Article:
Justin Cartwright


Owen Sheers disregards the first commandment of novel-writing: to show, not tell

This is a thriller, a novel of betrayal and separation, and a reverie on death and grieving. The only key…

Giotto’s ‘The Kiss of Judas’ in the Scrovegni Chapel, Padua

Justin Cartwright on redheads, anti-Semitism and the betrayal of Christ

Peter Stanford is a writer on religious and ethical matters. He was for four years editor of the Catholic Herald.…

Philip Marsden gets close to the impenetrable secrets of Tintagel (left) and Bodmin Moor (right), among many other mysterious sites

The bonkers (and not-so-bonkers) theories of what the pre-historic people of Cornwall believed

Philip Marsden’s book is about place. He makes a distinction between place and space. In his mind ‘place’ is something…

American abolitionist John Brown believed in armed revolt to end all slavery Photo: Getty

The Good Lord Bird, by James McBride - review

James McBride’s The Good Lord Bird is set in the mid 19th century, and is based on the real life…


There's a corner of South Africa that considers itself French

A corner of South Africa’s Cape that wants to be forever France

Justin Cartwright’s Diary

Too often, I go to South African theatre with a sense of foreboding: I anticipate something overwrought, tendentious, poorly acted…

The tragedy of a hamlet

Jim Crace’s novels have one thing in common, which is that each is set in an entirely original world. None…

A Barista’s Pupil

Can just anyone learn to make a perfect cup of coffee?

Welcome to surreal Luton

Nicola Barker’s new novel is set in Luton. You could hardly find a place in Britain  more emblematic of non-being.…

Putting the fun in fundamentalism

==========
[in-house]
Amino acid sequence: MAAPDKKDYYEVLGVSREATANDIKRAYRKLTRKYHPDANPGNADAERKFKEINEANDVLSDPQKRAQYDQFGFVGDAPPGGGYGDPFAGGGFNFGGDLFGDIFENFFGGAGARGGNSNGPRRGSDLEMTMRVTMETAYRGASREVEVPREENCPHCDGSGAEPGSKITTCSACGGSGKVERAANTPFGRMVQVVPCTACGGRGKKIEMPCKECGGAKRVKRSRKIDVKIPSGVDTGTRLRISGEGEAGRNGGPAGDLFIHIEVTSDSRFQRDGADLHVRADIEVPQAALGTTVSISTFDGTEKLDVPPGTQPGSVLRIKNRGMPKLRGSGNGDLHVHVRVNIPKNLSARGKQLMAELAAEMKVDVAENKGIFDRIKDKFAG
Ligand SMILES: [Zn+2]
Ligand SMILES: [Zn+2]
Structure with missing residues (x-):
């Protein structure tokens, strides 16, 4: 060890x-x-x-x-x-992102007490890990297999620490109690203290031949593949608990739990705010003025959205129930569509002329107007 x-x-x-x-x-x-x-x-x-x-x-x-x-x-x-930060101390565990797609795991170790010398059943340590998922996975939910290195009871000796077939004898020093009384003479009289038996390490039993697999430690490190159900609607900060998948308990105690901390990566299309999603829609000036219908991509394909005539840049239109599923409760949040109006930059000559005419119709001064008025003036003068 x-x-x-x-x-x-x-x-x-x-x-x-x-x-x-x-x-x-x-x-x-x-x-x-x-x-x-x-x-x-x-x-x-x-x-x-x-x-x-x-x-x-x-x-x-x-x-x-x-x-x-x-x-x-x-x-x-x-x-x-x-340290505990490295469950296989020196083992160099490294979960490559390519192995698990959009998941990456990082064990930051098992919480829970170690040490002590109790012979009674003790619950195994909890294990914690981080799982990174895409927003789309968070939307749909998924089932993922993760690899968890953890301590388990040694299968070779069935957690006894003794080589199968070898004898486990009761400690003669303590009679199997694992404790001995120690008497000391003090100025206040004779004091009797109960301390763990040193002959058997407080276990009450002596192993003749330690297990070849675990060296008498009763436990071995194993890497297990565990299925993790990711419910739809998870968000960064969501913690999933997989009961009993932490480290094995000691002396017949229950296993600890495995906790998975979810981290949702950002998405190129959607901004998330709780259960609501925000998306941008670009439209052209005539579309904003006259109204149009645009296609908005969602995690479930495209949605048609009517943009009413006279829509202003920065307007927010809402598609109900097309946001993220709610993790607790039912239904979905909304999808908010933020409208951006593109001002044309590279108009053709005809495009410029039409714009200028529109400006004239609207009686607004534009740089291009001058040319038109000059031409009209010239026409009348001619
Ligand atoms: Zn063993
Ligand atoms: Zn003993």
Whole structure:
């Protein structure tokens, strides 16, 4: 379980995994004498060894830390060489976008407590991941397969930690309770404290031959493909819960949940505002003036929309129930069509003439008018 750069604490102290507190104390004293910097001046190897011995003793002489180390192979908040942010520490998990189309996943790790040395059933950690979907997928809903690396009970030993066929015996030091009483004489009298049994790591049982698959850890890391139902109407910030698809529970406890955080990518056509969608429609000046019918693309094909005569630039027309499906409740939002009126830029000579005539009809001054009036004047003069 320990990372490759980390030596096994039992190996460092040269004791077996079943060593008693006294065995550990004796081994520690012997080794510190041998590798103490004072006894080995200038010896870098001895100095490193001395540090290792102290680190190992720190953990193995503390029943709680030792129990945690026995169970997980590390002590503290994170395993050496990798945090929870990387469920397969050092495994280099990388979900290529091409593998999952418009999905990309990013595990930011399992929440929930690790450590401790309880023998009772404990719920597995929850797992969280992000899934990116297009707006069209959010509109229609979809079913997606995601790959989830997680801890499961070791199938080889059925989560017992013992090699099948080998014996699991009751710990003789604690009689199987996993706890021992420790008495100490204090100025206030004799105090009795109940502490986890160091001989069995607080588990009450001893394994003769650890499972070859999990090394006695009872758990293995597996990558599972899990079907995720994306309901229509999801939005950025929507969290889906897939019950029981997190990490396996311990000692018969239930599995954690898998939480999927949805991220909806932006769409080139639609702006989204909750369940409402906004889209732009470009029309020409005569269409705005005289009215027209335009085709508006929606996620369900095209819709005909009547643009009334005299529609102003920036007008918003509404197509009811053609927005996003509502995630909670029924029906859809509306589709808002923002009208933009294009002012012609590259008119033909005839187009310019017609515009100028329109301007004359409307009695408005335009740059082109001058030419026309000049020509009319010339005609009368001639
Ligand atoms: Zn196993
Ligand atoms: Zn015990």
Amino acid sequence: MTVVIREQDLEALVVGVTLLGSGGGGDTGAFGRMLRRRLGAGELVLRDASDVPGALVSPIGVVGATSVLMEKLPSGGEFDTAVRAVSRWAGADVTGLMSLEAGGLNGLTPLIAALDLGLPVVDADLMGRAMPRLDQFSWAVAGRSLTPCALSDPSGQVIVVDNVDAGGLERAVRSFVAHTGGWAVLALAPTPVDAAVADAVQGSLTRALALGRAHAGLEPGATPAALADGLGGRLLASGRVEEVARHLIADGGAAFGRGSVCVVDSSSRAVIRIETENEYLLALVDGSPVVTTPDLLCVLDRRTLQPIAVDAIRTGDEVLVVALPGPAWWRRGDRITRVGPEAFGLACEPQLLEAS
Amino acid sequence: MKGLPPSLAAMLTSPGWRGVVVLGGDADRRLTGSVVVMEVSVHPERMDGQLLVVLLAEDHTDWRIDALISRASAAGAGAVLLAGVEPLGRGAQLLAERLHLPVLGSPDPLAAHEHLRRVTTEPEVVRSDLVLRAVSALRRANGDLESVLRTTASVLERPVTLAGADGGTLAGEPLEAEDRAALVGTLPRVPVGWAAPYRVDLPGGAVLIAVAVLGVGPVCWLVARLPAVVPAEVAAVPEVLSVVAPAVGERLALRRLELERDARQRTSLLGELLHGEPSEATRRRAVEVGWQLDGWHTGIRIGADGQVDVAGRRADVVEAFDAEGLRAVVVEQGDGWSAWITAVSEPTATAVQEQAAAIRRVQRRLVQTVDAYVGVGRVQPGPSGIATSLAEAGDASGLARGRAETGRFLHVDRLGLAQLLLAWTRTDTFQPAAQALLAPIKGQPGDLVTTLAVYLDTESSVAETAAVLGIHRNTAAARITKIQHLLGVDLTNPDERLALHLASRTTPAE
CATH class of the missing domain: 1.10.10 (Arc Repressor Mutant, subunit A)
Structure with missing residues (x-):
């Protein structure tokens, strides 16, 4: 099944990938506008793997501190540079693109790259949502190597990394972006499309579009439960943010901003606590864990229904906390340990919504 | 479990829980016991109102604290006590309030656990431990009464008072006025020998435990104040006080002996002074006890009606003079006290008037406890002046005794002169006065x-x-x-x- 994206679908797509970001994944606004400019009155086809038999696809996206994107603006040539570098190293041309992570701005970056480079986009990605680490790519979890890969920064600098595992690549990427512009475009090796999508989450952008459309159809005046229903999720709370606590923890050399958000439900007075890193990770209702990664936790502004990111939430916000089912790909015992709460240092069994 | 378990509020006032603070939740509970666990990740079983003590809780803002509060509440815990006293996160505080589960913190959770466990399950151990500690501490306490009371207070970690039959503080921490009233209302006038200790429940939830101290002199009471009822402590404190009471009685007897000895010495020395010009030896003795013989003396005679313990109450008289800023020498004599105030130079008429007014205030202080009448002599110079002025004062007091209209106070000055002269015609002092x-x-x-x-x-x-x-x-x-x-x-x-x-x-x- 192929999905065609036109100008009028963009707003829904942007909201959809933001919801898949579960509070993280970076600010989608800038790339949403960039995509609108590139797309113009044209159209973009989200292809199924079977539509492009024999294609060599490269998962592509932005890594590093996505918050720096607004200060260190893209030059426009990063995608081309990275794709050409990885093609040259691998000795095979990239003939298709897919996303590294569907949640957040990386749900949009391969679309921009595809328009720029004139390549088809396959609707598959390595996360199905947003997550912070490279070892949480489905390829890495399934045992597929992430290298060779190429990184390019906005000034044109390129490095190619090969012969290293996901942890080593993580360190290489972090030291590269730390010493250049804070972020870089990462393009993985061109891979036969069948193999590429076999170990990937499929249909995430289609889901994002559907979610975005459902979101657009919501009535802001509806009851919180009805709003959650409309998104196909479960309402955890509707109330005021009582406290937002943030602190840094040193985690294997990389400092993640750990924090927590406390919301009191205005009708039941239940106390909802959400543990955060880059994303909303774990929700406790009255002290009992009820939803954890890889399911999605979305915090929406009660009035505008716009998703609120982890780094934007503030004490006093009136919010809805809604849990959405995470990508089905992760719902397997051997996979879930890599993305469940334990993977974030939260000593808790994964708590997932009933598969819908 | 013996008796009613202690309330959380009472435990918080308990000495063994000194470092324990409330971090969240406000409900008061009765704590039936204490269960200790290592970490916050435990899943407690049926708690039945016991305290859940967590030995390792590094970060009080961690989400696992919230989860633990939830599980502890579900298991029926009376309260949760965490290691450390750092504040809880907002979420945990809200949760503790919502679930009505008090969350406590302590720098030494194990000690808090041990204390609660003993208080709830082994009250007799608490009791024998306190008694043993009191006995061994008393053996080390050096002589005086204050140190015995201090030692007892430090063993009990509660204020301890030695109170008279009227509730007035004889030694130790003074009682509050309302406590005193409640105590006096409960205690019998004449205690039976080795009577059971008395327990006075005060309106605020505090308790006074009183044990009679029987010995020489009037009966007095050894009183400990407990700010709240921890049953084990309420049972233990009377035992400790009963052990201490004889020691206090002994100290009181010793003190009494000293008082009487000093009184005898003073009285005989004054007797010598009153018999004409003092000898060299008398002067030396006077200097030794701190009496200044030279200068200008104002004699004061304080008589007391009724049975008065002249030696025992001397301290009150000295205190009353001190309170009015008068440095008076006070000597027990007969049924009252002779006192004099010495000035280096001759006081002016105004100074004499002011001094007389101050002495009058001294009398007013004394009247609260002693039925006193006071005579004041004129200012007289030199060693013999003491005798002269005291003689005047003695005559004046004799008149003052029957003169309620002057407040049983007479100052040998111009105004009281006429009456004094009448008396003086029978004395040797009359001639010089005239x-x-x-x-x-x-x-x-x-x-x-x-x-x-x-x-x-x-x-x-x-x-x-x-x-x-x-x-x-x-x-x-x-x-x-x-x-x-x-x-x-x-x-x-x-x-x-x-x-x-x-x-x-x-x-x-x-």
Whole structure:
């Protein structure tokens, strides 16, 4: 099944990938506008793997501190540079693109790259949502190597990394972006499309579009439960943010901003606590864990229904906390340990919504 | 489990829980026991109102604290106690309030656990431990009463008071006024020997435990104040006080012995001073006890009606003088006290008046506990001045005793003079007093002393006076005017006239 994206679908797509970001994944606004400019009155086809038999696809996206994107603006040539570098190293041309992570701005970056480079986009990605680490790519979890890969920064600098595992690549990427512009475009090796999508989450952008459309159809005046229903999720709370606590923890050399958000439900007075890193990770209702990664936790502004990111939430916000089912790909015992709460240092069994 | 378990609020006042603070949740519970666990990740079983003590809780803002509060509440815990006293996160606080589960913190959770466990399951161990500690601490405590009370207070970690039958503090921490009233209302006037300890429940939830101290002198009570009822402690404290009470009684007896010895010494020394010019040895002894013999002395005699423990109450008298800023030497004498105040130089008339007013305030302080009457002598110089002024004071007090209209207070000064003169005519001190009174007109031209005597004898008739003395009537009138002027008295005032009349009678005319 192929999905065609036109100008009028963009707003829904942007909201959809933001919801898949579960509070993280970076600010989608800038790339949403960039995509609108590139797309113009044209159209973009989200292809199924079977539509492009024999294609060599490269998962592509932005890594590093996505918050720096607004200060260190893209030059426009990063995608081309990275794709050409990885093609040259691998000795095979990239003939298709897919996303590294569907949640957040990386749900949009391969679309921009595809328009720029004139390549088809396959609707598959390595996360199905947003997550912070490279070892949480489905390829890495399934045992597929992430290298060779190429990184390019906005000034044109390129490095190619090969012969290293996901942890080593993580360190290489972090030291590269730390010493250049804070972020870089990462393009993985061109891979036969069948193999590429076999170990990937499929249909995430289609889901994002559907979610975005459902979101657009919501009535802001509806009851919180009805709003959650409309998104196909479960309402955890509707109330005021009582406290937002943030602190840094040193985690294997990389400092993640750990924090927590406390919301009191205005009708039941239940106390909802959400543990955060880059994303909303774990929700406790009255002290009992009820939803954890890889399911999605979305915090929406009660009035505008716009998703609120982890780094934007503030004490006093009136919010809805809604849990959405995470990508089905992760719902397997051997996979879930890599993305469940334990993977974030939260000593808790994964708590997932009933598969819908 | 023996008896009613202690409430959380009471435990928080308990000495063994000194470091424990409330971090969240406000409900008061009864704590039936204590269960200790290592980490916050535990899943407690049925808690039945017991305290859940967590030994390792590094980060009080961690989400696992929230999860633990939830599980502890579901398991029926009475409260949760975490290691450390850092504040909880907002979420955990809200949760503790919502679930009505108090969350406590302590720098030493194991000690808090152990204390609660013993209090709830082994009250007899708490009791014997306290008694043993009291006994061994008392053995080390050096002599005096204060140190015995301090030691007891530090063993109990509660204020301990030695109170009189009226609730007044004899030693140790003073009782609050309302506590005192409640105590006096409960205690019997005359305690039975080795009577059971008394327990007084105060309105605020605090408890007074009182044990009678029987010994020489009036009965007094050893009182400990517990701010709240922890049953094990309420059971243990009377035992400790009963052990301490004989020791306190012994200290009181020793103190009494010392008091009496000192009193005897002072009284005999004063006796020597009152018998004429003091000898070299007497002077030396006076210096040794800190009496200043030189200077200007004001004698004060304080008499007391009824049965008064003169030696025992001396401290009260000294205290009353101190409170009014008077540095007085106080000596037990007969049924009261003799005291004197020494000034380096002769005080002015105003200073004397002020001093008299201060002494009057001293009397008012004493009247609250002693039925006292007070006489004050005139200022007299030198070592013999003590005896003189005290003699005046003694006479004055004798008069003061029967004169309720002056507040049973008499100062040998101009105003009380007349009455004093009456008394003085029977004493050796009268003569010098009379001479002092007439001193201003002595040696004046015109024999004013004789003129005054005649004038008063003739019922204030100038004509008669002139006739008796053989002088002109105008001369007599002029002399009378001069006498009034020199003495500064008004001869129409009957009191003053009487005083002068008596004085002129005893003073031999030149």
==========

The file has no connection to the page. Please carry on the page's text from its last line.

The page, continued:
Turnaround Books, the publishers of Timothy Mo’s remarkable Pure, are revealed to operate from Unit 3, Olympia Trading Estate, Coburg…

Road to ruins

This is a delightful book, nostalgic, slyly witty, perceptive and at times flirting — deliberately — with old fogeyism. Tom…

Mumbai and Mammon

This is a state of the nation novel or more accurately a state of Mumbai novel.


Justin Cartwright opens his Diary

When the best defence is no defence

This remarkable book is the account by their lawyer of the trial, imprisonment and sentencing to death in the late Eighties of a group of young men who came to be known as the Delmas Four.


Positively Kafkaesque

This is a companion to a collection published earlier this year of Nadine Gordimer’s non-fiction, called Telling Times.


Taking on the turmoil

Nadine Gordimer is now in her mid-eighties. For as long as I have been alive, she has been the towering figure of South African literature, a fact recognised in l991 by the Nobel committee. This is a collection of her non-fiction over 60 years, running to nearly 800 pages.


A canker on the rose

This is a very short book with large type.


Decline in New York

A connection between poetry and blindness is a classical trope.

The man who saved Oxford University

As the controversial Dr Hood stands down as vice chancellor, those of us who resented his attempts to modernise should offer him our heartfelt apologies, says Justin Cartwright

To be mortal

The Infinites, by John Banville

Zuluboy is here

South Africa’s Brave New World: The Beloved Country since Apartheid, by R. W. Johnson
After the Party: Corruption and the ANC, by Andrew Feinstein

My memories of the American Dostoevsky

Justin Cartwright recalls his conversations over the years with John Updike, who died this week, and the master’s contention that the only excuse for reading is to steal

Christmas Short Story

When you lie down with dogs, you get up with fleas
by Justin Cartwright

The coven reconvenes

The Widows of Eastwick, by John Updike

Who is selling what to whom?

Powers of Persuasion: The Story of British Advertising by Winston Fletcher